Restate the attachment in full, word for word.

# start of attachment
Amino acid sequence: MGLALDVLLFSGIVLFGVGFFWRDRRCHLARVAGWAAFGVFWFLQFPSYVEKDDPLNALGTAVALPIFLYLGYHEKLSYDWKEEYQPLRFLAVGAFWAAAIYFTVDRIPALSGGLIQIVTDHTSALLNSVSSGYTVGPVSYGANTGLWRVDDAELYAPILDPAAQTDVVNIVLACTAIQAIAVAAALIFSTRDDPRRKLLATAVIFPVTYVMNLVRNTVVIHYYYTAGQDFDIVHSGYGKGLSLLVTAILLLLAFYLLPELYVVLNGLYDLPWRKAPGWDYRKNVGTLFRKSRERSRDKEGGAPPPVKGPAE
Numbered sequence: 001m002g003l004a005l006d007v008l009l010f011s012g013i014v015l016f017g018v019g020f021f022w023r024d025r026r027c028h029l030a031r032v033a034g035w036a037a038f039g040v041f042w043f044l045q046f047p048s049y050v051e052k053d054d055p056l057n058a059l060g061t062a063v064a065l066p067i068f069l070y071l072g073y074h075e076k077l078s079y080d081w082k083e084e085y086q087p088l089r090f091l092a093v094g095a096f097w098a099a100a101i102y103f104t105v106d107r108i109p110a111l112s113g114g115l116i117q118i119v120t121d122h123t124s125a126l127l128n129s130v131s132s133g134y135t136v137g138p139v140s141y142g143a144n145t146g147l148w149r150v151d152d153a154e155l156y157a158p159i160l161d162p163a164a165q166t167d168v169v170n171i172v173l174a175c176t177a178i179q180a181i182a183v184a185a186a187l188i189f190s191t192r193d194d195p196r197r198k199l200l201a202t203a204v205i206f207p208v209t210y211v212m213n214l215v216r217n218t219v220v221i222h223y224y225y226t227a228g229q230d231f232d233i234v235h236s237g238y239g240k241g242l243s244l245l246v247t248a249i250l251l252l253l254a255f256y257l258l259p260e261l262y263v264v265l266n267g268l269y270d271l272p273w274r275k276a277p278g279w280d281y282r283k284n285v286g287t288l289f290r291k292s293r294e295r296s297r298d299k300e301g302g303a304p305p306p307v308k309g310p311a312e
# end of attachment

Amino acid sequence: MGLALDVLLFSGIVLFGVGFFWRDRRCHLARVAGWAAFGVFWFLQFPSYVEKDDPLNALGTAVALPIFLYLGYHEKLSYDWKEEYQPLRFLAVGAFWAAAIYFTVDRIPALSGGLIQIVTDHTSALLNSVSSGYTVGPVSYGANTGLWRVDDAELYAPILDPAAQTDVVNIVLACTAIQAIAVAAALIFSTRDDPRRKLLATAVIFPVTYVMNLVRNTVVIHYYYTAGQDFDIVHSGYGKGLSLLVTAILLLLAFYLLPELYVVLNGLYDLPWRKAPGWDYRKNVGTLFRKSRERSRDKEGGAPPPVKGPAE
Numbered sequence: 001m002g003l004a005l006d007v008l009l010f011s012g013i014v015l016f017g018v019g020f021f022w023r024d025r026r027c028h029l030a031r032v033a034g035w036a037a038f039g040v041f042w043f044l045q046f047p048s049y050v051e052k053d054d055p056l057n058a059l060g061t062a063v064a065l066p067i068f069l070y071l072g073y074h075e076k077l078s079y080d081w082k083e084e085y086q087p088l089r090f091l092a093v094g095a096f097w098a099a100a101i102y103f104t105v106d107r108i109p110a111l112s113g114g115l116i117q118i119v120t121d122h123t124s125a126l127l128n129s130v131s132s133g134y135t136v137g138p139v140s141y142g143a144n145t146g147l148w149r150v151d152d153a154e155l156y157a158p159i160l161d162p163a164a165q166t167d168v169v170n171i172v173l174a175c176t177a178i179q180a181i182a183v184a185a186a187l188i189f190s191t192r193d194d195p196r197r198k199l200l201a202t203a204v205i206f207p208v209t210y211v212m213n214l215v216r217n218t219v220v221i222h223y224y225y226t227a228g229q230d231f232d233i234v235h236s237g238y239g240k241g242l243s244l245l246v247t248a249i250l251l252l253l254a255f256y257l258l259p260e261l262y263v264v265l266n267g268l269y270d271l272p273w274r275k276a277p278g279w280d281y282r283k284n285v286g287t288l289f290r291k292s293r294e295r296s297r298d299k300e301g302g303a304p305p306p307v308k309g310p311a312e